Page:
From Childhood to Fanhood: Brainwashing in the Early Years

t williAnalyst IFebruary 15, 2008

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The first thoughts on your mind as the expecting father, should be a flurry of questions concerning your first child.

You hope that your child makes the right decisions in life. The child grows up to be a productive member of society, and is never influenced by evil.

More specifically, as a sport-extraordinaire, you’re terrified that your child will grow up to be a fan of the team you despise more than anything.

What can a father do?

Thankfully, there are steps to take to ensure your child will indeed grow up to make the right decisions in life—whether it be as a Pacers fan, a Penguins fan, or a Panthers fan.

For the baby shower, do away with traditional pink and blue clothes. Tell friends and family your baby is simply a Laker’s fan (or insert favorite team here), and therefore all baby clothes must be purple and/or yellow.

Plan the expectancy date around the team’s schedule. Avoid the entire season, if applicable, and most importantly, the few weeks of playoff games. If all else fails in planning, have a TV in the hospital—A-Rod’s home runs can serve as an excellent distraction for the female while delivering the baby.

Get one of those annoying bottle openers that sing your team’s fight song and replace it with the music maker on the nursery crib mobile. The baby can learn to sing the “Indiana Fight Song” in its first months, as well as fine tune those early musical recognition skills.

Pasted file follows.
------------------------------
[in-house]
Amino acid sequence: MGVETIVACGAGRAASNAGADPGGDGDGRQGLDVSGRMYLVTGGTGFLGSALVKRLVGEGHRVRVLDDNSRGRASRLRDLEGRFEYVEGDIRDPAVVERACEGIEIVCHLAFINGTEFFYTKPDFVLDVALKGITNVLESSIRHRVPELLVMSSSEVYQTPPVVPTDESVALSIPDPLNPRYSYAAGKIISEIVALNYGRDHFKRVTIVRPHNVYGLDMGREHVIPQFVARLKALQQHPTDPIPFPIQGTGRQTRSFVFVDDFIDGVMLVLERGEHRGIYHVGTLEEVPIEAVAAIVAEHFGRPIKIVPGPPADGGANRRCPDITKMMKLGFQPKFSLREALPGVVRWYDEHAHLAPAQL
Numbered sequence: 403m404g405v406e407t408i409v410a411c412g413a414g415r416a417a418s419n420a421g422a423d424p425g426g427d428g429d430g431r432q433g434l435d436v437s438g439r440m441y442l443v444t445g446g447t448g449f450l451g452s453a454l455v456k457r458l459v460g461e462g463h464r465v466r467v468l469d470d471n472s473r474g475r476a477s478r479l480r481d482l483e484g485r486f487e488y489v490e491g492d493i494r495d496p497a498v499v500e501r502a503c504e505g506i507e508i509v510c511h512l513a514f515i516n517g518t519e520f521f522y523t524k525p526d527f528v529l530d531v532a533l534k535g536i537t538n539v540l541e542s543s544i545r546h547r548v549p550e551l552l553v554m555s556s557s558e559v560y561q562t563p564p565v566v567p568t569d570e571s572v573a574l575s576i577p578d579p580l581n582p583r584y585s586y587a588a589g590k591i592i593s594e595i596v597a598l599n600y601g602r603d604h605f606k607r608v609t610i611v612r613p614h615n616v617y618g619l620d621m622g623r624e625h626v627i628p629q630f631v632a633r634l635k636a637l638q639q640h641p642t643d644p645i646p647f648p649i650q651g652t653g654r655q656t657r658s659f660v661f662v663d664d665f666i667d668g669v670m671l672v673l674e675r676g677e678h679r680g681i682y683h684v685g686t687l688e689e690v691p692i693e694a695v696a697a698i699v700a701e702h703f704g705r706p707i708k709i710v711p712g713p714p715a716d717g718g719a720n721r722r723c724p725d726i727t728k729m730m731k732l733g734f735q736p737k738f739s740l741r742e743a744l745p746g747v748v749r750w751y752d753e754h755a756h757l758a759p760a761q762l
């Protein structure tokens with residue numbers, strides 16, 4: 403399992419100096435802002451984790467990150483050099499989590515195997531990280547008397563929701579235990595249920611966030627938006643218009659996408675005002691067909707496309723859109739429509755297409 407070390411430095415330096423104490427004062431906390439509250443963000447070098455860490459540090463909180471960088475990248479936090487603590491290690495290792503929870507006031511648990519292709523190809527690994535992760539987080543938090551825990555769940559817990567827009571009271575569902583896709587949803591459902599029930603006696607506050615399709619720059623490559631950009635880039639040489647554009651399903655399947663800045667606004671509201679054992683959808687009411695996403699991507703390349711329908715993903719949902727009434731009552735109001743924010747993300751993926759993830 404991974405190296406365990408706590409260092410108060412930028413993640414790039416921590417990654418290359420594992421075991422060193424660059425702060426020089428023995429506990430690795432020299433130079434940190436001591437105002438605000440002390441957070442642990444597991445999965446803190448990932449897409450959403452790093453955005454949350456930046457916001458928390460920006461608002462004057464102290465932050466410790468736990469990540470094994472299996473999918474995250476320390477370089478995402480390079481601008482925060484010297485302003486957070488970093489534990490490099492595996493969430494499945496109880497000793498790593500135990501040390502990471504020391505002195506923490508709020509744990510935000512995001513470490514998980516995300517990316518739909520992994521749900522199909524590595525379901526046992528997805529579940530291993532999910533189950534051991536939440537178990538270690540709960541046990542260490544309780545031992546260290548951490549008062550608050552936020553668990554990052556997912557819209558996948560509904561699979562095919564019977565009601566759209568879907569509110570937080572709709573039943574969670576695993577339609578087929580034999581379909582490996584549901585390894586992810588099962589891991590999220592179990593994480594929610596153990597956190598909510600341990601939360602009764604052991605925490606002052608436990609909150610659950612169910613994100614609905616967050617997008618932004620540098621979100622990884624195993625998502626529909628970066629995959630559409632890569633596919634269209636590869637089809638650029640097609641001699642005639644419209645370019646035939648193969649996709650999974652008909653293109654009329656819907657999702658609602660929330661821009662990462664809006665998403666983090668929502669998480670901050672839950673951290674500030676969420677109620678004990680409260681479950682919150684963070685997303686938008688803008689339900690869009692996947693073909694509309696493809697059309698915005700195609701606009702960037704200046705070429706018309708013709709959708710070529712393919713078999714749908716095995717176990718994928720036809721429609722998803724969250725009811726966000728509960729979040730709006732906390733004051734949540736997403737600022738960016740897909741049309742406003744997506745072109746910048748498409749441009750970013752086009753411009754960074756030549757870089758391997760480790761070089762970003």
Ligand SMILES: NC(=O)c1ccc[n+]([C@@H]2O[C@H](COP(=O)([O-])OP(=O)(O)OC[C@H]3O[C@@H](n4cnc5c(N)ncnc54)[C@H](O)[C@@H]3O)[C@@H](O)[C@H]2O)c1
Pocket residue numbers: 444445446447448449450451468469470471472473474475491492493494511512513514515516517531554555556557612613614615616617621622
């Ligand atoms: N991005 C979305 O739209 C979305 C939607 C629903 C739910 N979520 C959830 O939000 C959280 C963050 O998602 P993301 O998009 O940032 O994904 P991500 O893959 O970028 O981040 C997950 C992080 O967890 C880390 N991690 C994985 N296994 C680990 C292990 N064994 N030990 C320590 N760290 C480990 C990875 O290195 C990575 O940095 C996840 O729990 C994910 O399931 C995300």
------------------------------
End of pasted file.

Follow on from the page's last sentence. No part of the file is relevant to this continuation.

Concentrate on the team’s mascot as much as possible; some teams have more kid-friendly mascots than others. Buy a stuffed lion, bear, or eagle for your baby to have as their first stuffed animal. You might have to get creative for the Chargers or Stanford, and sew your own lightning bolt or tree.

Toys are easy to take care of for your child. Buy generic sports equipment and toys (suitable for a toddler or baby) and place in every room in the house. To personalize the play toys with your favorite team, buy pennants, and stickers that can be firmly tacked on to the wall, within eye level of your child.

The first words spoken from a child are of the greatest importance when evaluating their character and potential later on in life. A little known fact: Larry Bird’s first words were “most valuable player.”

Write a list of short, easy words that are related to your team, and use them quite frequently in speech around your toddler. For example, refer to your significant other as “coach,” and instead of using “good” and “bad,” substitute “goal!” and “foul!”

Associate the great childhood idols with your team: Santa, the Easter Bunny, Leprechauns, and the Tooth Fairy. Have the Tooth Fairy give game tickets instead of cash, and the Easter Bunny can deliver orange and blue Easter candy to the Florida fan household.

The first day of kindergarten is an important day for every child, and photos to mark the occasion are a necessity. Naturally, your child should be dressed from head to toe in the latest fan wear—you wouldn’t want the teacher to jump to any conclusions if your child rolled out on the first day of school in a throwback Marino jersey.

Sports can instill in a child a love, a passion, a sense of unwavering commitment in a way nothing else can. While some parents may mistake these bits of advice for brainwashing or pure insanity, they will have a hard time explaining why their child is the antisocial mathematician of the classroom, while parents who follow this advice will have their child be the sports star in the playground spotlight.